The threat was real since the copycat company had recently received a $90 million in funding and grew to 400 employees in just two months.14
Airbnb quickly moved to action and bought top-level website domains for nine countries in Europe, set up a global translation team, and revamped its website’s payment page to accept international payments.
They also bought two smaller companies that operated in the same domain in Germany and the UK.
In just over three months, Airbnb launched its international service with fully translated website pages and employed public relations tactics to gain press coverage.
Airbnb’s quick-thinking strategy to fight the competition as soon as they appeared helped the company scale its international operations and gain over 227,093 listings in 14 cities by 2016—with over 65,000 bookings in top European destinations like Paris.14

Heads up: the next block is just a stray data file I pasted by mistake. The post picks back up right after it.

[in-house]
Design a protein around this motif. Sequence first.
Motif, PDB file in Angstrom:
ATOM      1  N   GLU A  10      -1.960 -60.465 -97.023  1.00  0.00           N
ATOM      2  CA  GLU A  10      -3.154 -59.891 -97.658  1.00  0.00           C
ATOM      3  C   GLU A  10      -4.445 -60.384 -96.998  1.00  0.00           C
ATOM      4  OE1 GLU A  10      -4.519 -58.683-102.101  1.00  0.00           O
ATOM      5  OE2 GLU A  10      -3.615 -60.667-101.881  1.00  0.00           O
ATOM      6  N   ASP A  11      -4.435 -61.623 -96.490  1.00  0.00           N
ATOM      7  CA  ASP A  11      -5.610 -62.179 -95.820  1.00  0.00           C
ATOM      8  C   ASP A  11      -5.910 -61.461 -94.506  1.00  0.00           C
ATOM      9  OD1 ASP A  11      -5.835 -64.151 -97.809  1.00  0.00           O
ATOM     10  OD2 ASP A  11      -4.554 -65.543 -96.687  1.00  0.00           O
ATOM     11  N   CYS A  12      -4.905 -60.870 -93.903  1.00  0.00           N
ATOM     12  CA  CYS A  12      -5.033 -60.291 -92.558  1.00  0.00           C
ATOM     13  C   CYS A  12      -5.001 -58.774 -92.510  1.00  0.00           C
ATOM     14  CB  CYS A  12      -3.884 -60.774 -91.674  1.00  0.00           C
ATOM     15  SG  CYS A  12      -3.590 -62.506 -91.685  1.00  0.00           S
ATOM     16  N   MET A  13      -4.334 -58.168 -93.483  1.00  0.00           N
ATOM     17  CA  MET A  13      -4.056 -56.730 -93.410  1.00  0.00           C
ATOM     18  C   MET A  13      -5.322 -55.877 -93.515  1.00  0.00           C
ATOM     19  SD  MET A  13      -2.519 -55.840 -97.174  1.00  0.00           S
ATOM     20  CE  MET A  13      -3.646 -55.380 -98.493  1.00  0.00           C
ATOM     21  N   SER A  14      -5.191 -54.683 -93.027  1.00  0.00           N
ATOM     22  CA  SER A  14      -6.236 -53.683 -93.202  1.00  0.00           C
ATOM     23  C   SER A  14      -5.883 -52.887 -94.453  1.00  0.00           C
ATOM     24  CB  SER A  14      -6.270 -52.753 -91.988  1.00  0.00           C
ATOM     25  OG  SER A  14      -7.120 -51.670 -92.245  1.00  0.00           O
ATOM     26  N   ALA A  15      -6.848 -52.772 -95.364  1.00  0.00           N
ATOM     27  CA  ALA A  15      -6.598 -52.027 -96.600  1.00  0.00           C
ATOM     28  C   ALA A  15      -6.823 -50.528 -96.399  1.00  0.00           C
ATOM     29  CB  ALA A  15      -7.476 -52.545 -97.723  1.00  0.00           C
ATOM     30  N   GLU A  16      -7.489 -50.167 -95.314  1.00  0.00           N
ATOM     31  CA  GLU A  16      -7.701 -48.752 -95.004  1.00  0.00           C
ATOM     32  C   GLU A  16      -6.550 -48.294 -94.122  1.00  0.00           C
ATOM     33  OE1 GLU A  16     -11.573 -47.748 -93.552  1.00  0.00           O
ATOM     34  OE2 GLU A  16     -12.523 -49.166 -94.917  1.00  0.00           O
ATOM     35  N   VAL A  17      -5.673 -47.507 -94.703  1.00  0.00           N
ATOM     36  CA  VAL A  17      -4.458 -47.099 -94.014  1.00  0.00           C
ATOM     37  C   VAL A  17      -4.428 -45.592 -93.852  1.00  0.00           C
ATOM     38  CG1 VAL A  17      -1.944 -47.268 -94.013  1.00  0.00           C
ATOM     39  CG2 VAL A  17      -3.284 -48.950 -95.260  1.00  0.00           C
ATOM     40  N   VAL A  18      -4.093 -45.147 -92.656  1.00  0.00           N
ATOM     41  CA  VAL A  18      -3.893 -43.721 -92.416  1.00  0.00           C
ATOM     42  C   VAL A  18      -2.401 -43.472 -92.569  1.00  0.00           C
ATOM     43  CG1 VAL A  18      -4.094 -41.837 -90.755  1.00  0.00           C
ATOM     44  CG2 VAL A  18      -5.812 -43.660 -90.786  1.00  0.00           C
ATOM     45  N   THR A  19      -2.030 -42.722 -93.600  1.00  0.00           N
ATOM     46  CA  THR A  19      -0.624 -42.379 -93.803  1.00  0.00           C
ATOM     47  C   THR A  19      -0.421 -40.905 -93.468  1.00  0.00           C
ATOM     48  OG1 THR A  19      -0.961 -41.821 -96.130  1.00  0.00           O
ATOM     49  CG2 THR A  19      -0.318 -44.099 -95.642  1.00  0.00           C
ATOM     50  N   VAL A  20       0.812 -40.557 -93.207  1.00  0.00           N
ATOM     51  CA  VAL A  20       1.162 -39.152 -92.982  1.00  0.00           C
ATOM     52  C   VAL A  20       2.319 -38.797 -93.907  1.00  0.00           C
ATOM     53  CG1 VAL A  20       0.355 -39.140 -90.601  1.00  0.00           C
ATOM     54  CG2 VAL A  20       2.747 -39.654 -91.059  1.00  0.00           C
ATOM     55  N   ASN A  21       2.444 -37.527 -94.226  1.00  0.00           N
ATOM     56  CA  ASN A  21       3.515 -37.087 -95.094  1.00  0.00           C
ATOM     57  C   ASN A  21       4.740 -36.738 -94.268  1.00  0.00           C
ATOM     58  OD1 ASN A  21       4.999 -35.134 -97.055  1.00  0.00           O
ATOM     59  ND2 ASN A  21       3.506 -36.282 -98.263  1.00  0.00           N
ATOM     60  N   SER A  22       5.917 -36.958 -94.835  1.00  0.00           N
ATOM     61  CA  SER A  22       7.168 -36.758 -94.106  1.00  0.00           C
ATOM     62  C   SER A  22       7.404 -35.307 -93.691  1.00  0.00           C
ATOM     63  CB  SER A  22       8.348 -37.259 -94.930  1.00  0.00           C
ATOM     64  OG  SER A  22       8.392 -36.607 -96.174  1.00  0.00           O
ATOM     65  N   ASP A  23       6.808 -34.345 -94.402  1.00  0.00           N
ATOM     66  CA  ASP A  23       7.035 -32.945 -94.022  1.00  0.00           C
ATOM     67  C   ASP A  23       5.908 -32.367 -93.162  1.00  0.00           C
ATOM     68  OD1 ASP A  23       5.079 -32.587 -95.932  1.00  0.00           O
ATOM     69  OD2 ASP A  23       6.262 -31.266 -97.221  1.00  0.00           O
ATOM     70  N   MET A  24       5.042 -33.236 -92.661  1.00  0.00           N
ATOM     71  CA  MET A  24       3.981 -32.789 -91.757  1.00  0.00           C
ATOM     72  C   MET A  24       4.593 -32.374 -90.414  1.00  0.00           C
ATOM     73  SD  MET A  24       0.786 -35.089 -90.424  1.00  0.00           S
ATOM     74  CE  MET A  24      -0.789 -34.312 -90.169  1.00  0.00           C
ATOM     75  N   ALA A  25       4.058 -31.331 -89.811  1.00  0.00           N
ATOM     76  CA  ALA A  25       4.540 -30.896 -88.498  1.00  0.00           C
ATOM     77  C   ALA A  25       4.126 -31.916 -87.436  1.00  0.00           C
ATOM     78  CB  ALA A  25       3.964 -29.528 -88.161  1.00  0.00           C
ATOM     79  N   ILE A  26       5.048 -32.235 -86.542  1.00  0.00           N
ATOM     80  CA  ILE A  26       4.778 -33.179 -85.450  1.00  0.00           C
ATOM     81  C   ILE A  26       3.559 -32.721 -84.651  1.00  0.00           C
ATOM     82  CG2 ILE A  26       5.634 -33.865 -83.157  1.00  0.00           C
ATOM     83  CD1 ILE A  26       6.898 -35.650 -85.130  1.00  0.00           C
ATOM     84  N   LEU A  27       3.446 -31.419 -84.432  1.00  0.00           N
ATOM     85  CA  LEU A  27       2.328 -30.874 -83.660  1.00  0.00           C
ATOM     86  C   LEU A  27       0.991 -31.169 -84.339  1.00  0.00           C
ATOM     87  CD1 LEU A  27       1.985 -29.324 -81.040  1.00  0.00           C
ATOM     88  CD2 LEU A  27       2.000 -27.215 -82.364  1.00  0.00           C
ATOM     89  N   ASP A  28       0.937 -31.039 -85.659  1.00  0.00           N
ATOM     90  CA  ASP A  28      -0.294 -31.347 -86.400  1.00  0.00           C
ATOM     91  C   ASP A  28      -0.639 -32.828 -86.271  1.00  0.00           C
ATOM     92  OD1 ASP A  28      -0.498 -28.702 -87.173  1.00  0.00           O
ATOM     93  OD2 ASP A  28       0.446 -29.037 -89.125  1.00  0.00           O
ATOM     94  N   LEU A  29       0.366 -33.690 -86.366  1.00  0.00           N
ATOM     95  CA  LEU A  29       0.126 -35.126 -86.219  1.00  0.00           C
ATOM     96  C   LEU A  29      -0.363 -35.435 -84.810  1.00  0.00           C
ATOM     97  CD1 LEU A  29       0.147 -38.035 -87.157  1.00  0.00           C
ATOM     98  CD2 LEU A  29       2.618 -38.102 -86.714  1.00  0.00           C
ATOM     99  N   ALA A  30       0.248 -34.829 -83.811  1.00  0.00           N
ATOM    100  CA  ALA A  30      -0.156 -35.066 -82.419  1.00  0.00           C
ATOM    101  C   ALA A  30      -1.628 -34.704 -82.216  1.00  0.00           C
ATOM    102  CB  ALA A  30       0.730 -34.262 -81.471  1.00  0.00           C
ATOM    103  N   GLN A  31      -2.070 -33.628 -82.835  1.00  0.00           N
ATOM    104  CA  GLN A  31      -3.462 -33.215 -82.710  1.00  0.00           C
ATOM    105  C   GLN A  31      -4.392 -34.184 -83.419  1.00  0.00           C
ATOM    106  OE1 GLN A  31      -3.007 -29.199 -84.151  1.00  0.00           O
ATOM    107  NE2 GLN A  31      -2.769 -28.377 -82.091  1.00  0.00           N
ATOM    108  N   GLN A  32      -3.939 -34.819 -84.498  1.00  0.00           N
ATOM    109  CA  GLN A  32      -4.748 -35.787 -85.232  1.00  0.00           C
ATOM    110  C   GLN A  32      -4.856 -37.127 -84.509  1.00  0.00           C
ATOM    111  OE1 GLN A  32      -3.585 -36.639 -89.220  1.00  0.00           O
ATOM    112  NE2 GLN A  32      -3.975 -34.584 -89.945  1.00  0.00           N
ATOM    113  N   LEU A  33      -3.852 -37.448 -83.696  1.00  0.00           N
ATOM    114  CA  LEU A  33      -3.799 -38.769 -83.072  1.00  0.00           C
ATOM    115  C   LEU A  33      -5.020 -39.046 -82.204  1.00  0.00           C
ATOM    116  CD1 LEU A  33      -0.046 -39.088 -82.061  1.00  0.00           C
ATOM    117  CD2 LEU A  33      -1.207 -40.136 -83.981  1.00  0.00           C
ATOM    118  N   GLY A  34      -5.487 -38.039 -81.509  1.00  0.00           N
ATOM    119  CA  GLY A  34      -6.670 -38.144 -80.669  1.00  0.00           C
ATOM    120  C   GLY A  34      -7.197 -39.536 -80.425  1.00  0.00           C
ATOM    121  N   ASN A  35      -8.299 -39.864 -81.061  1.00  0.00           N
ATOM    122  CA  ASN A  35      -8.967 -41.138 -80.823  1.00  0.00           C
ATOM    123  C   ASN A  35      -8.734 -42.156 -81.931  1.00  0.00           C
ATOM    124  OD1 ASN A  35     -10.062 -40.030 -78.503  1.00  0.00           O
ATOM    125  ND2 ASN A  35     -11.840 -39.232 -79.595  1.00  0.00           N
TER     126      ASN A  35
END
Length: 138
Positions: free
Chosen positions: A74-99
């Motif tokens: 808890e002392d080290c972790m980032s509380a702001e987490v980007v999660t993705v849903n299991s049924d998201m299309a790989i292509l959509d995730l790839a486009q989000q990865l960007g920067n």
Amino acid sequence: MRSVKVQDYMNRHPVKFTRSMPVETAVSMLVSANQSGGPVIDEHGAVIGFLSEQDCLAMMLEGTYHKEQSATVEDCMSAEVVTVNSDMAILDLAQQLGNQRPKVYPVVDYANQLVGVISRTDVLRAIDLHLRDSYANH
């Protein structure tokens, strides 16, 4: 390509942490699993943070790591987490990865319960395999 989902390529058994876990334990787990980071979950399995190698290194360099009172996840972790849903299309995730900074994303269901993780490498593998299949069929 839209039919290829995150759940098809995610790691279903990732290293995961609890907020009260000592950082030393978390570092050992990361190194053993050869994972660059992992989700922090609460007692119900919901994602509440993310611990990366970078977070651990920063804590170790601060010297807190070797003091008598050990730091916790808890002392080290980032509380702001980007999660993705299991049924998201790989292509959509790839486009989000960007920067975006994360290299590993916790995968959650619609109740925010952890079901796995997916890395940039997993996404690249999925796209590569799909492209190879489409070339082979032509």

The takeaway: There’s so much to pick from Airbnb’s scaling-up story. First, do things that don’t scale to understand your user base better.
Second, don’t be shy to ride on the coattails of your competition if it doesn’t breach business ethics or if it’s a smart and quick way to grow your business.
And lastly, when you face competition—move faster than your rivals to assert your market dominance.
To scale a tech startup, sometimes you have to break the mold
Most tech startups scale when they start gaining good traction for their products. This is the key to knowing when you should scale—when your existing processes start feeling small, when your customers expect more from you, and when you discover new potentials on the horizon.
Scaling a tech startup is all about shedding your old, tight-fitting processes to find more suitable avenues for your growth.
Apply the tips mentioned above to successfully scale your tech startup when you realize that you can no longer ignore the growth opportunities in front of you.